The Magic of Words: North Carolina’s First Witch Trial

IGNORAMOUS:  That’s the all-caps, bolded word scrawled across the verdict of North Carolina’s first witch trial.

Apparently, the panel of fifteen men found the accusation of a woman with bewitching powers to be stupid and a waste of the courts time. When researching this court case, there was not much to go on and most of the documents during this time were written in Ye Olde English.

Thomas Bouthier vs. John & Susannah Evans

“Wee of Ye Jury find no bill and ye person IGNORAMOUS and it is Ordrd that the sd Sussnh Evens be acquitted pay the charges.”

This was the first documented case of someone being accused of witchcraft in North Carolina history. Before I begin the story, you have to understand the profound statement the grand jury was making in the verdict of Bouthier vs. Evans case. The Salem Witch Trials were still lingering in the air and still very fresh in the minds of the colonist.

Trade relations in the Albemarle area with the New Englander’s allowed news of the witch hunt frenzy to travel down to the Southern colonies. This allowed the Southern residents to become acquainted with superstitions and the horrors of witchcraft. Coastal town folk had been informed of the trials and executions that had recently taken place in Salem, Massachusetts.

To be accused of witchcraft during this time was a serious charge. This type of felony was punishable by death in the New England colonies.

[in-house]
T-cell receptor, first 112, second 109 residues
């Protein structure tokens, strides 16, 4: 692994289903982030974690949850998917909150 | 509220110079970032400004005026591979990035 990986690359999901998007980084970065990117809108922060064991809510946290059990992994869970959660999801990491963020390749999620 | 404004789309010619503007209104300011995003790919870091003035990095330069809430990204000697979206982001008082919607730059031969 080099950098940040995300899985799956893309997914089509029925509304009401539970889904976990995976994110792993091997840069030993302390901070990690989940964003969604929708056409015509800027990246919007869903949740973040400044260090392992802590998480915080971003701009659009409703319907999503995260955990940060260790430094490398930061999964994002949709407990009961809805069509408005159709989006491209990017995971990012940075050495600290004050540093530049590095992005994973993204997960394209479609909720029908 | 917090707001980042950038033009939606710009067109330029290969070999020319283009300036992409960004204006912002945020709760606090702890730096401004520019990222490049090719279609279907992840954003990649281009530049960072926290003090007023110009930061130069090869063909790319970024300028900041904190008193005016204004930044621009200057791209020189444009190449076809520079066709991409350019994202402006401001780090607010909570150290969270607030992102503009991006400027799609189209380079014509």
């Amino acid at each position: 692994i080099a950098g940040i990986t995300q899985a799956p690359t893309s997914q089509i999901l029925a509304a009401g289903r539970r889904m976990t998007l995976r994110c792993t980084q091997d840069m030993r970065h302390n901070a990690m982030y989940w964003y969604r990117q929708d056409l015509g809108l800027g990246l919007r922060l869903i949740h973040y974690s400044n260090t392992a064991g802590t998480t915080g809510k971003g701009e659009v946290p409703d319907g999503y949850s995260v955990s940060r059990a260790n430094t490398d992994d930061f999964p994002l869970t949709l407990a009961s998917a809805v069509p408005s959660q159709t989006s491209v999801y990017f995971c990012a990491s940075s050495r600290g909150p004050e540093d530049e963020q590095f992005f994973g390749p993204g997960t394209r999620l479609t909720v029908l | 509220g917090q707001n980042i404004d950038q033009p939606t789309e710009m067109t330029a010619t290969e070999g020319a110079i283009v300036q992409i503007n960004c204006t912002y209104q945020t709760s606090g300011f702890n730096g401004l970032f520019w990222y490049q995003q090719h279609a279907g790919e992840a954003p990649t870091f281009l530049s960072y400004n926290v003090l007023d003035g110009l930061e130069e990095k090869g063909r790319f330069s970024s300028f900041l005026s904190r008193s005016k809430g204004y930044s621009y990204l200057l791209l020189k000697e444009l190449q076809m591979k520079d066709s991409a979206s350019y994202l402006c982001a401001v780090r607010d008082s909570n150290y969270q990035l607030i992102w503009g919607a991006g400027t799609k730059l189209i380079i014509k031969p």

However, witchcraft was not subjected to such harsh punishments in the Tar Heel State and was settled as a civil penalties matter, rather than requiring criminal punishment. Religious beliefs were not even considered in the argument of one being accused of witchcraft.  The Puritans of the New England colonies were die-hard fanatics concerning their faith. Puritans were zealous and conscientious believers in the Bible and lived by the law of Moses, “Thou shalt not suffer a witch to live” (Ex. 22:18).

The story begins on July 25, 1703, when Thomas Bouthier filed a legal complaint with the courts of Albemarle County accusing Susannah Evans for the death of his wife Deborah by means of witchcraft. The filed petition stated that Susannah Evans of Currituck, not having the fear of God before her eyes, but being led by the instigation of the devil, did devilishly and maliciously bewitch, with the assistance of the devil, afflict the body of Deborah Bouthier with mortal pains that caused her death. Thomas testified on August 31, 1703, that on the morning of July 24th, his servant Mr. Walker fell sick with stomach pains and was unable to work that day.